Britain on Thursday said another 616 people had died in hospital from the novel coronavirus, as the government detailed a new testing regime that could allow the country to ease its lockdown.
The latest death count — recorded in the 24 hours to 1600 GMT on Wednesday — was lower than the 759 from the previous day and follows other signs the virus may have hit its peak.
It takes Britain’s hospital death toll to 18,738, according to the health ministry.
The actual number of deaths from the COVID-19 illness is likely to be far higher once officials count fatalities at care homes and in the community, which take longer to be included in the official statistics.
Britain remains one of the worst-hit by the pandemic and has been under stringent social distancing rules for a month.
The government has been criticised for its response to the outbreak, with claims it was slow to impose restrictions and introduce widespread testing.
Health officials have also faced repeated questions about the supply of personal protective equipment to frontline health and social care workers dealing with virus patients.
The government is under growing pressure to explain how it will lift the lockdown, which has led to the economy grinding to a virtual halt.
Scotland’s First Minister Nicola Sturgeon published her devolved government’s plans on Thursday, saying they could be eased in a phased manner north of the border with England.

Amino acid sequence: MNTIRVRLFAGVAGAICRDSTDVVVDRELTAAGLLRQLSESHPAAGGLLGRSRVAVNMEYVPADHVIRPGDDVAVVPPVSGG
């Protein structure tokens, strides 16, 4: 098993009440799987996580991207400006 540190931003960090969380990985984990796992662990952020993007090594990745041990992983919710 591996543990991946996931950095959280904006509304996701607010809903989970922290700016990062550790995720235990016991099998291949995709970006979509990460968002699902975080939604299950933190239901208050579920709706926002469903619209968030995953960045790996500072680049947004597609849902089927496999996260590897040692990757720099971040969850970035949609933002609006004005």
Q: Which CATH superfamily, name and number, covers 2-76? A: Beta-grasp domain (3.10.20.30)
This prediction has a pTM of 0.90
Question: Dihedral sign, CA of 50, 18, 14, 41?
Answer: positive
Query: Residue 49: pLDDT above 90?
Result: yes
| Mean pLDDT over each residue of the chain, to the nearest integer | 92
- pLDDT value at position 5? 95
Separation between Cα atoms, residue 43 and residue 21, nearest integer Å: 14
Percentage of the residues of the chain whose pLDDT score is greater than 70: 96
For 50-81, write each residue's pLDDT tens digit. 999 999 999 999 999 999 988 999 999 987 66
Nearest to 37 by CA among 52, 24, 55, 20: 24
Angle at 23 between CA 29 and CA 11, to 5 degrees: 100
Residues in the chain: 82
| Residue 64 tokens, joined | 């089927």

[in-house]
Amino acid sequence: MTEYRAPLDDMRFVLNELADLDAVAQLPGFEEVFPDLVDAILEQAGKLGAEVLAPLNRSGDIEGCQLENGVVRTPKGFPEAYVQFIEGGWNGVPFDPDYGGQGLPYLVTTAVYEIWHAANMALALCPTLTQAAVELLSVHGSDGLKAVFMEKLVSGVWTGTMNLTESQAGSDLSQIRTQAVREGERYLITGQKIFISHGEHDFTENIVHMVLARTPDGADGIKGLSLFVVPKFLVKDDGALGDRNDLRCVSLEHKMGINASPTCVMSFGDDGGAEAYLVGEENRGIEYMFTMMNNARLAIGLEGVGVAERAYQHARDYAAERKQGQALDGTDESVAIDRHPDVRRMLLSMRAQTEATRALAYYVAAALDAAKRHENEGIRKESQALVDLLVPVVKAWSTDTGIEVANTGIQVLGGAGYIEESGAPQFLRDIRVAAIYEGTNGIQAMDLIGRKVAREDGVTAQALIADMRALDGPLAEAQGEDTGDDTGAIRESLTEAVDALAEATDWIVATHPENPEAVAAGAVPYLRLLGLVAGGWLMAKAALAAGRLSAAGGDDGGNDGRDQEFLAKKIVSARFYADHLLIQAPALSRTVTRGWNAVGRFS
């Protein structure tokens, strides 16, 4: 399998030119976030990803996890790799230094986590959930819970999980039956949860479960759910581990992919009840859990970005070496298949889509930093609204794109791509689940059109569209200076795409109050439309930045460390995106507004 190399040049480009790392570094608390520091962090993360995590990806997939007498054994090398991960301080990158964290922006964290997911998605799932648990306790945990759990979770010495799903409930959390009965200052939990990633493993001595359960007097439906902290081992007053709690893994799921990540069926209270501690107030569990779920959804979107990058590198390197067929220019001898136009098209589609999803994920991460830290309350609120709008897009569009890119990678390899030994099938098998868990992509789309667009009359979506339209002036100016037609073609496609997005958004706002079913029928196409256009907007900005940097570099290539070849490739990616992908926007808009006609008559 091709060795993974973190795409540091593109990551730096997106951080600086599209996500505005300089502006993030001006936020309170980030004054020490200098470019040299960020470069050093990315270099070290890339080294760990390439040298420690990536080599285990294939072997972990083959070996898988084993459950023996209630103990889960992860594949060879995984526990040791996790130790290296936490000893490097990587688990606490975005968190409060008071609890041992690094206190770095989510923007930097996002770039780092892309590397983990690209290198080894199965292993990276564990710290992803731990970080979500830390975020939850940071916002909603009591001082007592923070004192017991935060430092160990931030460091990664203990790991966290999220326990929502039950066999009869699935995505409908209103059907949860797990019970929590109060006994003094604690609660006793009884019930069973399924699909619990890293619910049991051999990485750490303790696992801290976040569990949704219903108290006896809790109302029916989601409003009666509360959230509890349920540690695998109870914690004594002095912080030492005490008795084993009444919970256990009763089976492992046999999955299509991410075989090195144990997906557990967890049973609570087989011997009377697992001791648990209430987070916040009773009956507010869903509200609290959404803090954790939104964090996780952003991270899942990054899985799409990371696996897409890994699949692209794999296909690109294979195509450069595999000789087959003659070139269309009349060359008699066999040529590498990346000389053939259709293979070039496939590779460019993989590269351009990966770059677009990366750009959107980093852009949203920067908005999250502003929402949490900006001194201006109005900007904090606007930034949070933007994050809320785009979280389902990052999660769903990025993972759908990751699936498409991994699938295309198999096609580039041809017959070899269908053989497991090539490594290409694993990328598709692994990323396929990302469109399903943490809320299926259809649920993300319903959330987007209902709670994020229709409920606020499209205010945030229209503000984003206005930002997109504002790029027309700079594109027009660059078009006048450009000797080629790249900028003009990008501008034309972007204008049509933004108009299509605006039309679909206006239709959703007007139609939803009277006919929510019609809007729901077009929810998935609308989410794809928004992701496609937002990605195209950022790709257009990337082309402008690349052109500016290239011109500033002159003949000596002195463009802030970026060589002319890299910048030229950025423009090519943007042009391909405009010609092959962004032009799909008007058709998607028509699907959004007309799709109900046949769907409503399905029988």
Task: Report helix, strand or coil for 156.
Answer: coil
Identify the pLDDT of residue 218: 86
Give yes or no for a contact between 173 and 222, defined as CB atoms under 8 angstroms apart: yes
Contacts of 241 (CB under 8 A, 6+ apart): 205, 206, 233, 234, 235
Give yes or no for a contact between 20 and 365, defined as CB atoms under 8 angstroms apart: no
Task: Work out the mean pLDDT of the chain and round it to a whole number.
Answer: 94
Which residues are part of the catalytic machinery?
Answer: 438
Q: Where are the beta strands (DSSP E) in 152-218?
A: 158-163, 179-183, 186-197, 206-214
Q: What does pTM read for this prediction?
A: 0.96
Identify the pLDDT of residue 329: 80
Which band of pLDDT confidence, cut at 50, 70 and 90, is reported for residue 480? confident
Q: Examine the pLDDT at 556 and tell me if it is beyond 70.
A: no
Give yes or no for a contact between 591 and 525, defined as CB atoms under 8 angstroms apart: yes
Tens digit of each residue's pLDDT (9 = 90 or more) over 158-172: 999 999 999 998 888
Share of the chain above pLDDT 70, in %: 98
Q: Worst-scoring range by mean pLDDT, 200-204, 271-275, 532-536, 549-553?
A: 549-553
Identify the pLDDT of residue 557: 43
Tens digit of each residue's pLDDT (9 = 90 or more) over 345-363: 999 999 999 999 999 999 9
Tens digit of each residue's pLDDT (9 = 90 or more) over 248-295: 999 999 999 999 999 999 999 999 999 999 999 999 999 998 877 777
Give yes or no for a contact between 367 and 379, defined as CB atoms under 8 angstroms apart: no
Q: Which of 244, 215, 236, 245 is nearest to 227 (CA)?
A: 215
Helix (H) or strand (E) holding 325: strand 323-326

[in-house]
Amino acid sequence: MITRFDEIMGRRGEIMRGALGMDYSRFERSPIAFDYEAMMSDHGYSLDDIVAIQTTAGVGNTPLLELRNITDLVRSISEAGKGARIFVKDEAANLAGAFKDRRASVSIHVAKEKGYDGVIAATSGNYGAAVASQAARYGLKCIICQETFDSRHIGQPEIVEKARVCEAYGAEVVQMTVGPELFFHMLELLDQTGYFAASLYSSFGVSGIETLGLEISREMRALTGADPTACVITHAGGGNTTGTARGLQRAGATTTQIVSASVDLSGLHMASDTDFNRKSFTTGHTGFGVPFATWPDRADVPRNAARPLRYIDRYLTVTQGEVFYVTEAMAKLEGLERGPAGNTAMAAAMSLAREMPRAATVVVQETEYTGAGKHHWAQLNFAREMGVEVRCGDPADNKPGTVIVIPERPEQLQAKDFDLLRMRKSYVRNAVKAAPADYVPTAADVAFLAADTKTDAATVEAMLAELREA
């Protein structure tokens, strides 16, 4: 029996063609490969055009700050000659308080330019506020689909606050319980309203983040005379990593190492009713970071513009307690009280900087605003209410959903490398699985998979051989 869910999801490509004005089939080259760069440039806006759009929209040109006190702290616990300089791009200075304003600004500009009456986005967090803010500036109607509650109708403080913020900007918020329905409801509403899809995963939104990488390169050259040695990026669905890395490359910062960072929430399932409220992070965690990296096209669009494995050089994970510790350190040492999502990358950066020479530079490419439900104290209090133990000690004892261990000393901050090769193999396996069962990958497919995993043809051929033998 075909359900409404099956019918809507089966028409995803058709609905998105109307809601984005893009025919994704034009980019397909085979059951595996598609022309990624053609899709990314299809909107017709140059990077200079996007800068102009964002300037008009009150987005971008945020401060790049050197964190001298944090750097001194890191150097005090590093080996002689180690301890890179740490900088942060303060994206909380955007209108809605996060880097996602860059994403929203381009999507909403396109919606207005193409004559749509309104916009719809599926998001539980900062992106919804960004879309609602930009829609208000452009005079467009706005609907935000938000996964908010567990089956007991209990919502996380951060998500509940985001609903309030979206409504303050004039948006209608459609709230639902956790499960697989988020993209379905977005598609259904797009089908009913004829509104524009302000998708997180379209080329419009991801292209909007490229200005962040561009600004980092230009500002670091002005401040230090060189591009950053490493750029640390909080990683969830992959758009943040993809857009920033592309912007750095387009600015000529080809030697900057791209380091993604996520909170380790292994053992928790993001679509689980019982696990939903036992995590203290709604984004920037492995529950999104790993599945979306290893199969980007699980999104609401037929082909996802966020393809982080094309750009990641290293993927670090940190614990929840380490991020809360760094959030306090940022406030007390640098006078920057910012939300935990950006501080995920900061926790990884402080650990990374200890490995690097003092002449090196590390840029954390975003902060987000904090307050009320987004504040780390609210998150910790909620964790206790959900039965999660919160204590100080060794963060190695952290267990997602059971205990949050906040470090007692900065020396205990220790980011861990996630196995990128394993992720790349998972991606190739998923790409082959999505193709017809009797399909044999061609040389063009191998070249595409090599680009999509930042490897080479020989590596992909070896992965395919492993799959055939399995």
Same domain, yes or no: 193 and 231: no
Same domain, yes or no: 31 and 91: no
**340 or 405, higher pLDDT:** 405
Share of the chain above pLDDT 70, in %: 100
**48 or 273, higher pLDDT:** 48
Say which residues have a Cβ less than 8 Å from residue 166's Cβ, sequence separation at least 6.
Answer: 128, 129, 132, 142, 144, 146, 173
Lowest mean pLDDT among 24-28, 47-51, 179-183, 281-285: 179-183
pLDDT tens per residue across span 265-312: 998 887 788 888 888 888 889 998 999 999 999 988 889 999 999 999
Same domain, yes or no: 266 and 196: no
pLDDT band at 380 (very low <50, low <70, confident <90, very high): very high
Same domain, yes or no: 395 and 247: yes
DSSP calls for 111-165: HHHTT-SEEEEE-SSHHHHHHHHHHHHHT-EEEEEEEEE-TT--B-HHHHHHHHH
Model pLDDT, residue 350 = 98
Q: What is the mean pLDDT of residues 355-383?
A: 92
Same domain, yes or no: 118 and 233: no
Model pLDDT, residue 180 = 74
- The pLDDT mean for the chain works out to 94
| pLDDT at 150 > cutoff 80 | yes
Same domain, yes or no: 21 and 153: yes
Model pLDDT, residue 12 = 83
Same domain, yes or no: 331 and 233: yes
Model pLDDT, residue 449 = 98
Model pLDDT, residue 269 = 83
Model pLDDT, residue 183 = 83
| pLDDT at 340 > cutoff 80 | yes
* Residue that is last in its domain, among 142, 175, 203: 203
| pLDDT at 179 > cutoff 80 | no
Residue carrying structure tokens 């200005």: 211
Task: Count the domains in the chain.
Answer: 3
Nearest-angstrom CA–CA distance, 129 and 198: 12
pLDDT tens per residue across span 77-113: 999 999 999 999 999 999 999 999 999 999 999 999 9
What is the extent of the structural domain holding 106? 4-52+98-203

But British health minister Matt Hancock again refused to disclose the UK government’s proposals at the daily Downing Street briefing.
He instead detailed expanded testing for the virus in the coming weeks, following criticism of the country’s sluggish sampling and a failure to use the growing available capacity.
“Our ultimate goal is that everyone who could benefit from a test gets a test,” Hancock said.
Hancock vowed earlier this month that 100,000 tests would be carried out every day by the end of April, and insisted the target would be met.
Capacity for testing was currently at 51,000 tests per day, he told reporters.
He said the government would now make it “easier, faster and simpler” for so-called essential workers to get tested, through an online booking system, and expanded regional and mobile sampling sites.
Meanwhile, it will reintroduce within weeks a “test, track and trace” strategy, which was first used at the outset of the outbreak before it became uncontrollable.
Health officials are hiring 18,000 people, including 3,000 clinicians, to spearhead the scheme.
“This test, track and trace will be vital to stop a second peak of the virus,” Hancock said.
But he warned there was “no automatic link” between the programme’s rollout and lifting the lockdown, which would be contingent on lower rates of transmission and other factors.
“You’ve got to get it down first for test, track and trace to be effective,” he added.
Britain’s chief medical officer Chris Whitty warned on Wednesday that some of the tough social distancing measures could be in place for the rest of the year until a vaccine is found.
Oxford University began a human trial of a potential coronavirus vaccine on Thursday, with the aim of making it available to the public later this year if successful.
The university is also involved in a nationwide survey with the Office for National Statistics of 25,000 people to determine the extent of the virus’ spread in the community.
The scheme is expected to be expanded to up to 300,000 people in 12 months to help deepen scientific understanding of the virus, Hancock said.
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